The Labradoodle breed started in Australia in the 1980s.
The impetus behind creating the mixed breed was based on finding a Labrador, which is a great family dog and often used as seeing-eye or service dog, but without the allergen-causing fur.
Australia’s Royal Guide Dog Association started the long process of testing various dog coats and saliva until they arrived at one that was hypoallergenic.
What eventually came out of the testing was combining the Labrador with a Standard Poodle, known as a Labradoodle.
Despite being a favorite cross-breed for many dog owners around the world, the Labradoodle’s lush hair and locks require regular and ongoing grooming. So let’s take a look at some tips for keeping up with this maintenance.
Grooming Tips for Your Labradoodle
- There’s no need to bathe your Labradoodle too frequently, really only if they become muddy or dirty.
- If you have an indoor Labradoodle, you can get away with brushing them every couple of weeks. If you have an outdoor Labradoodle, once a week is better.
- Because of their long fur, when your Labradoodle is still a puppy, brush them regularly to avoid tangles and matting. As they age and get bigger, always brush in the direction of the fur starting from underneath the coat. It’s best to start at the feet and work up to the body. Over time your dog will come to like this process.
- Regular walking on cement or pavement will help keep your dog’s nails smooth, however, they need to be trimmed every six weeks. Not only do long claws pose a hazard for you, but your dog can also hurt themselves by getting their nails stuck on something.
- If your Labradoodle comes in the house covered in mud, rinse them off with a hose and let them dry before using shampoo.
- Keep the dangling fur on those long ears cropped to prevent matting and tangling.
- Labradoodles have webbed feet (they are good swimmers), so check the underside of the paws to keep them free from dirt clods and other debris.
- Use clean clear water to bathe the eyes if necessary, and keep stray hairs from hanging.
- Use an ear cleaner on cotton to gently swab out any dirt inside the ears. And as mentioned, keep the hair around the ear trimmed so your pup doesn’t attract dirt or block venthilation.
- In order to keep the hair beneath the tail and on the belly clean, keep that shorn.
Other than brushing, bathing, and trimming, we recommend you leave the heavy lifting to a professional groomer. Not only could you injure your dog or yourself by using regular scissors, the unevenness of the grooming may leave your Labradoodle more matted or tangled than before. You can get by with a professional groomer about three times a year.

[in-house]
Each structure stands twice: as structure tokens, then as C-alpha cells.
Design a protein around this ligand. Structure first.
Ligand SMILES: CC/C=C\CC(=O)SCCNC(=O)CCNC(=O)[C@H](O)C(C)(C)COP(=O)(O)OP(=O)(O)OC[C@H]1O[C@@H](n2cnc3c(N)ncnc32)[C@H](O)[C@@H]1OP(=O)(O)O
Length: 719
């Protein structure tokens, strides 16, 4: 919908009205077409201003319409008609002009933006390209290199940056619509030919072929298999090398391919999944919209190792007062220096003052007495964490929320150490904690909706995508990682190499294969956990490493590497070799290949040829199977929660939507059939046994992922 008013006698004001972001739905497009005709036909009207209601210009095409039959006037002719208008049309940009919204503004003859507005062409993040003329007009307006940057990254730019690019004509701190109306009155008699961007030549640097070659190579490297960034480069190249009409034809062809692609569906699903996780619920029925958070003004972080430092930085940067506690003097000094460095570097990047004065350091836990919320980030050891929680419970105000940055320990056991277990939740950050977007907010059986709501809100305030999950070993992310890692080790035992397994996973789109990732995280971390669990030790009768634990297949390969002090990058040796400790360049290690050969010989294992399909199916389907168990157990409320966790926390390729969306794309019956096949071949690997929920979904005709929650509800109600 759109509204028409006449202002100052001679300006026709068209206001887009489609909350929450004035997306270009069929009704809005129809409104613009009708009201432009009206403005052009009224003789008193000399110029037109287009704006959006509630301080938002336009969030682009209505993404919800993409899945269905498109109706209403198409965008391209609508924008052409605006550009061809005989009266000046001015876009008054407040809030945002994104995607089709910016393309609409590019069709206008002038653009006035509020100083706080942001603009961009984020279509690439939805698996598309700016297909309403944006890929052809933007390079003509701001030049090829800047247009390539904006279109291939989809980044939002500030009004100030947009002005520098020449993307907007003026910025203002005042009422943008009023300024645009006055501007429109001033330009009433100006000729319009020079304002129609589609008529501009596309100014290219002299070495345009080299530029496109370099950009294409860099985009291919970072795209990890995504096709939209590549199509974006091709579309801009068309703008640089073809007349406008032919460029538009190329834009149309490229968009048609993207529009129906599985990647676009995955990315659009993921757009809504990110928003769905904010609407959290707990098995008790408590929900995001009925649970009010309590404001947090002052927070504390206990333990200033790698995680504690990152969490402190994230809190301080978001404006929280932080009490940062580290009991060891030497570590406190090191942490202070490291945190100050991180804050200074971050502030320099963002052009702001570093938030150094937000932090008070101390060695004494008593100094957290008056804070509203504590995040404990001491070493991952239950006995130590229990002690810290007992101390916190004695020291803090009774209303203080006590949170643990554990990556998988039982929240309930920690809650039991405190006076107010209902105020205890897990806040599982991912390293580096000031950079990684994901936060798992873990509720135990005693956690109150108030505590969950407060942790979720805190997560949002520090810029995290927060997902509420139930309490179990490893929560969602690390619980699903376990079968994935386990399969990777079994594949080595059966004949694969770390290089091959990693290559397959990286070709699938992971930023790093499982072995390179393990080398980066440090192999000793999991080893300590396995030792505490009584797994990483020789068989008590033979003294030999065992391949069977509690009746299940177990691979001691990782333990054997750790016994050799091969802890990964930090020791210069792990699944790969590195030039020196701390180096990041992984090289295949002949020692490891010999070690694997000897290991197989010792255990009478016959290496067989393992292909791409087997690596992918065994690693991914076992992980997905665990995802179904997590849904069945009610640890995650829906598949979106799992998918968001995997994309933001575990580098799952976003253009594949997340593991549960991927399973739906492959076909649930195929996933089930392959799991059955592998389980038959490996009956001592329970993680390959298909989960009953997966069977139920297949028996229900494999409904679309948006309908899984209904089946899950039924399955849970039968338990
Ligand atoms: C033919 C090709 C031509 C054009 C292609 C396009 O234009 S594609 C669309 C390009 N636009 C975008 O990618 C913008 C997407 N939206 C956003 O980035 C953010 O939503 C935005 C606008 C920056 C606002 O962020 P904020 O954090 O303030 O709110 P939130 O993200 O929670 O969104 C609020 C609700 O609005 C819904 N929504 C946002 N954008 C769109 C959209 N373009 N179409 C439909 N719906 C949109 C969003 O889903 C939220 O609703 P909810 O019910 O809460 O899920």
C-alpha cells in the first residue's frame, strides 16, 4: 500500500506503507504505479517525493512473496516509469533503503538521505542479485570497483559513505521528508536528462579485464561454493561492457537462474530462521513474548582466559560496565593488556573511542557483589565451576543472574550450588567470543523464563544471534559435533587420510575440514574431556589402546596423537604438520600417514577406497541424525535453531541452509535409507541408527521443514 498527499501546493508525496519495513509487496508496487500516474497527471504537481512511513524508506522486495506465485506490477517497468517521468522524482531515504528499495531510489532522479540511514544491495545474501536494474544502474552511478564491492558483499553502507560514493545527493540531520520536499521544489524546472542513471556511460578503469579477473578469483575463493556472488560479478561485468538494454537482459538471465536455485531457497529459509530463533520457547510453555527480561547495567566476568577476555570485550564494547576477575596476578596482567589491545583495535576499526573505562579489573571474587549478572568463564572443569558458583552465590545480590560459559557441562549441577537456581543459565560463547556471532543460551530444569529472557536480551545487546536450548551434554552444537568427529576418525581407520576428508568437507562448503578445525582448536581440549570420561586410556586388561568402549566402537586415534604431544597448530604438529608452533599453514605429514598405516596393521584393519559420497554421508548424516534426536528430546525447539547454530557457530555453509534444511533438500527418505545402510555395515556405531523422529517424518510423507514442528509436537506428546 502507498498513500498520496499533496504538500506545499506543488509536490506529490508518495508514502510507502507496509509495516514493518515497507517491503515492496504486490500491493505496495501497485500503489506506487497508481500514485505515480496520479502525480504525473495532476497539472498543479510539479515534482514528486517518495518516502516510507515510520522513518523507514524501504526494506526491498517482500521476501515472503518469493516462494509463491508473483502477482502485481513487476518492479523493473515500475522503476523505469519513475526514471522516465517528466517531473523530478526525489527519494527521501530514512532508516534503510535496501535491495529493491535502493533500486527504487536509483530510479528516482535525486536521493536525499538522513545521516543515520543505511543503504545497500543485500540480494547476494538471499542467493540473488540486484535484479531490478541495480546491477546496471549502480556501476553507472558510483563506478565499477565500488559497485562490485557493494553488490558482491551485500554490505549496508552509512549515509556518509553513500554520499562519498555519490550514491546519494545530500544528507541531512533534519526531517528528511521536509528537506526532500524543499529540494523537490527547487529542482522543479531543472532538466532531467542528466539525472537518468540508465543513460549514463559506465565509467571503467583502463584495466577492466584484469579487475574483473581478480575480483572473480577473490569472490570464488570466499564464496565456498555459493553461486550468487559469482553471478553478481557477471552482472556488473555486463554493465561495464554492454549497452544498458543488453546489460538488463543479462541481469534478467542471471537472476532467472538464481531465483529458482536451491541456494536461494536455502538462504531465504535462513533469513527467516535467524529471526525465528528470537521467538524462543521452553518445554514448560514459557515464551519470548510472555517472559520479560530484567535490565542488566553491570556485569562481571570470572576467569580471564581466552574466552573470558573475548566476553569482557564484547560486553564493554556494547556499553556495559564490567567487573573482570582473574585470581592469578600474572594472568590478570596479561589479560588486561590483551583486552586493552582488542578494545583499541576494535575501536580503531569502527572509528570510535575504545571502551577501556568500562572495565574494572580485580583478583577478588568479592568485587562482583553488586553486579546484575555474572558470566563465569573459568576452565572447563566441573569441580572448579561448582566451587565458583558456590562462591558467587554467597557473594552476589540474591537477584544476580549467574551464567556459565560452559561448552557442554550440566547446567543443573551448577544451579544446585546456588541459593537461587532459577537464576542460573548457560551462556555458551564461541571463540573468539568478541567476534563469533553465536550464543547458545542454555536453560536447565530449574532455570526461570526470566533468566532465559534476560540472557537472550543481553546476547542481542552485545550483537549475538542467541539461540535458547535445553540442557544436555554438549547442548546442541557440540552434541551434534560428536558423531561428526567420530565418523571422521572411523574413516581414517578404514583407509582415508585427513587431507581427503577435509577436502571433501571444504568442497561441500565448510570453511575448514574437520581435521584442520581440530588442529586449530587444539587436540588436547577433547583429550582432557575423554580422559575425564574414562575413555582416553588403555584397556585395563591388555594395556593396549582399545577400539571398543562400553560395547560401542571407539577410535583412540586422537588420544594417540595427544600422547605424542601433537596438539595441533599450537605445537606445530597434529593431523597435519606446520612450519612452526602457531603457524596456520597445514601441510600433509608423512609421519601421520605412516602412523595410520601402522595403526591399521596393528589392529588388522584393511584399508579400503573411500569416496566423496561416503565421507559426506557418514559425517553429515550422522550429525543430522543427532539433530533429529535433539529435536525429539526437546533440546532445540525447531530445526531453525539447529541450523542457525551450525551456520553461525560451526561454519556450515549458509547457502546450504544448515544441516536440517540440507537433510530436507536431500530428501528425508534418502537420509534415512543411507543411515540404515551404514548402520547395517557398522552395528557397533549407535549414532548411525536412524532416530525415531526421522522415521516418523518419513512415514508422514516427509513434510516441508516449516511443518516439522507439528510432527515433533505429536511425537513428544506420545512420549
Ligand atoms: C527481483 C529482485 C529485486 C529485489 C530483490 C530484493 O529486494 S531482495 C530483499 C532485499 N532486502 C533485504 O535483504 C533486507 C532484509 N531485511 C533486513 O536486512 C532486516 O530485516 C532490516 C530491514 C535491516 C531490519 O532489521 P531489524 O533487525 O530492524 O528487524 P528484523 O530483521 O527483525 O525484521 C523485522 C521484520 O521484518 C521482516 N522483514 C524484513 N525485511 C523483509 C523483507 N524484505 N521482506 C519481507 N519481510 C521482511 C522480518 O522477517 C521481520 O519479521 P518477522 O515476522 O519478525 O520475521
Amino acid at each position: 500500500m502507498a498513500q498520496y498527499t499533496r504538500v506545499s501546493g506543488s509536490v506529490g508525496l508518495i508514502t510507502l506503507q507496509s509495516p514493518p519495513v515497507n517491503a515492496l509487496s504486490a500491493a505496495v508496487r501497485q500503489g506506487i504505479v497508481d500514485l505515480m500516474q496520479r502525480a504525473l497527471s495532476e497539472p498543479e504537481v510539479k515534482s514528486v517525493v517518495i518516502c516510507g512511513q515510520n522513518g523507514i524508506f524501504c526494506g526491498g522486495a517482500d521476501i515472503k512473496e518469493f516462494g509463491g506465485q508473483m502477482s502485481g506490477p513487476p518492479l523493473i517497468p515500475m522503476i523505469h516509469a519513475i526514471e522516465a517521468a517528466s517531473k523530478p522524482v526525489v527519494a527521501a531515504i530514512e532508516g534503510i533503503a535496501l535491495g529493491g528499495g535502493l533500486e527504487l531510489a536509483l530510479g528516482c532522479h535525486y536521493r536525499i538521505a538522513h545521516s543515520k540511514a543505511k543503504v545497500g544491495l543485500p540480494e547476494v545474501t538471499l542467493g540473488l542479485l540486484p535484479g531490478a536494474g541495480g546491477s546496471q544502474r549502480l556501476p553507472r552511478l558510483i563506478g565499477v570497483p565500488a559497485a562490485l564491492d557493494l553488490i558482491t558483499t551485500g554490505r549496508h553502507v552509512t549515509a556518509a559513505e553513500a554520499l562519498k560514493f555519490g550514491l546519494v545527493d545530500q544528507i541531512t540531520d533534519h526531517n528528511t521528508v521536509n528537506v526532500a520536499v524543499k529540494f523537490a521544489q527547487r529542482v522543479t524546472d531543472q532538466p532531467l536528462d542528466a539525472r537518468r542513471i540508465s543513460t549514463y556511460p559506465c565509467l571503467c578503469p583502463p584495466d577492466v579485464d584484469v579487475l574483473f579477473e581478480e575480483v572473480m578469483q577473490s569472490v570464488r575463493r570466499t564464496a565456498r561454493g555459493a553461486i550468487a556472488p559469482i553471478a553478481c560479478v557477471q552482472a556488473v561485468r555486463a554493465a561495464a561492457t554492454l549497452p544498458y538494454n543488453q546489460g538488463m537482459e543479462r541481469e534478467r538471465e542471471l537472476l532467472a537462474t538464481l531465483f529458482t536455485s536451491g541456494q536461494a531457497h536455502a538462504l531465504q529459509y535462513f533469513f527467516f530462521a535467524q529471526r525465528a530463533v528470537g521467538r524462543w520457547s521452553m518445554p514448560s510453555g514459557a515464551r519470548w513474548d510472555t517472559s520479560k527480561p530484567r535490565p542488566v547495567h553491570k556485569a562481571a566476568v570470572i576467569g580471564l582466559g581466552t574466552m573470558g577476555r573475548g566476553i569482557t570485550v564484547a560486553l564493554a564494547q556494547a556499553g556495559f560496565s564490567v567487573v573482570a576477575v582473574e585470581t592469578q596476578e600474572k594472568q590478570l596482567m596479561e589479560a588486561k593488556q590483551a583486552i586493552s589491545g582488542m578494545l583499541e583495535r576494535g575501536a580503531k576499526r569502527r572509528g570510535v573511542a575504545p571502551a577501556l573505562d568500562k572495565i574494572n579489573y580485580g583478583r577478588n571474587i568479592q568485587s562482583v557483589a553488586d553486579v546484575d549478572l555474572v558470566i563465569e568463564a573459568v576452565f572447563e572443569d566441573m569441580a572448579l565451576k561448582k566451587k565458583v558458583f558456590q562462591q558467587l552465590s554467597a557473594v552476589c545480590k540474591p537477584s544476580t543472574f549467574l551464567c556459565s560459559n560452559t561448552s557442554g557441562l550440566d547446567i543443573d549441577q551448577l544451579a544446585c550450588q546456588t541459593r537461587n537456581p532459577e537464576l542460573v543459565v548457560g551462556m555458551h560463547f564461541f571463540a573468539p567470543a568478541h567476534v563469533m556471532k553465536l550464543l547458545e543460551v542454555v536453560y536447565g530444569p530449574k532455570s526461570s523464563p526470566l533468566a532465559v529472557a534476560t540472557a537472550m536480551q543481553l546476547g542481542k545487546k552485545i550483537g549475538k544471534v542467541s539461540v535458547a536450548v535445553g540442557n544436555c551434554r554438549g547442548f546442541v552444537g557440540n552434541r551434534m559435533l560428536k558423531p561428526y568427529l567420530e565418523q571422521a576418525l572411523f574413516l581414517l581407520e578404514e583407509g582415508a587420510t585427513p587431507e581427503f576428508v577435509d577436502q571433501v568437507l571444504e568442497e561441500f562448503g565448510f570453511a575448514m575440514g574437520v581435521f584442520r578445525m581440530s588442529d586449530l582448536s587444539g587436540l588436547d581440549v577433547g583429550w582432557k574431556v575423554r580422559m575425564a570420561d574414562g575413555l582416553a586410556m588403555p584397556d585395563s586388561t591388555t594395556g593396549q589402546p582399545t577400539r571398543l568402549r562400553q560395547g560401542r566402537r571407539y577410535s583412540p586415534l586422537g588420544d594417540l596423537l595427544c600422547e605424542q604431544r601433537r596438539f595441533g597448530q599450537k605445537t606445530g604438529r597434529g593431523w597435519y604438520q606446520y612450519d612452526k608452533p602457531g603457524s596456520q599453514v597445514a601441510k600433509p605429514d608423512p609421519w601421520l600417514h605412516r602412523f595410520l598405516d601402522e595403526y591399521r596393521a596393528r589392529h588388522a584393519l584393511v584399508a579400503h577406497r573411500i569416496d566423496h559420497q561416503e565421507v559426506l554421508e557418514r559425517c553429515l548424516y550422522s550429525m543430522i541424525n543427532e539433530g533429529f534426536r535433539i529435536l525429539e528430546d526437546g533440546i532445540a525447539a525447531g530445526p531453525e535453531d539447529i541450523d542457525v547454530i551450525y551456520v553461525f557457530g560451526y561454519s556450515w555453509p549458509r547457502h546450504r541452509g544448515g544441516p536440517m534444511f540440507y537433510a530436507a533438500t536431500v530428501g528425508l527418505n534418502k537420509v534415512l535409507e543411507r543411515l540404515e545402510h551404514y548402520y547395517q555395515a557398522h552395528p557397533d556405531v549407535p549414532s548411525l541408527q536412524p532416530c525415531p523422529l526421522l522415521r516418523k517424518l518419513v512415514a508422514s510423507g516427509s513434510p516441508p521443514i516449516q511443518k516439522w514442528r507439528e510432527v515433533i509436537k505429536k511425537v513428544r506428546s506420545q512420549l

Hair Maintenance Tips for Labradoodles
- Be sure your Labradoodle’s curly hair does not hang over their eyes, which can restrict vision.
- Carefully trim the hair in between the eyes and that falls over the bridge of their nose. You can use a wet paper towel or eye wipes to clear away any lingering eye boogers.
- Be sure to keep the ear hair no longer than an inch below the ear itself. If you let the hair go, it can become matted and impossible to untangle. In addition to keeping your Labradoodle looking like their cute self, if you can trim the hair to only a half-inch below the ear, you allow for better air flow to keep the ears dry and free of infection.
- Be sure to check frequently for hair inside the ear canal. This can become a breeding ground for bacteria. Use your ear cleaning solution to keep the canal clean, and visit the groomer if you dislike getting this intimate with the delicate part of the ears.
- Be sure to keep the hair on the paws trimmed. As you can imagine, long hair on paws will attract dirt and debris. When your dog spends a lot of time outside, they can easily bring in mud, leaves, and pine needles.
- Be sure to trim the hair around your Labradoodle’s muzzle. Similar to the ears, keep the hair no longer than one inch past the jawbone and even on both sides. Long muzzle hair is little more than an attractant to water, wet food and whatever your Labradoodle might get into outside. And who wants to kiss a muddy dog’s muzzle?
- With the tail, you have a bit more leeway when compared to other body parts with hair. The tail can become matted, however, you can let it grow as long as three inches and it will still look attractive. Matting of the tail is especially unpleasant because it’s closest to the rear end of the dog. Be sure to keep the hair on the inside of the legs and rear end beneath the tail to about a half inch. This will help prevent matting after your dog does their business. It’s pretty clear why this is important.
Labradoodle Grooming Tools
If it’s incredibly cost prohibitive for you to take your Labradoodle to the groomer at all, here are a list of tools you should have on hand.
- Epi-Otic ear cleaning solution
- Ear powder
- Organic soap, such as oatmeal or a natural oil
- Shears for trimming around the eyes, muzzle and head
- Dremel nail clippers
- Brush for detangling and dematting
Labradoodles are a relatively good smelling dog, so don’t overdo it on the bathing. Of course, if your dog finds a stinky pond to swim in or rolls around in carrion, then, of course, bathe them. Use your common sense – too many baths strip a dog’s skin of oils and can damage the coat.
As well as bathing, be sure to maintain your Labradoodle’s hair to prevent matting or infection. If you’re not confident in doing this yourself then consider working with a professional dog groomer.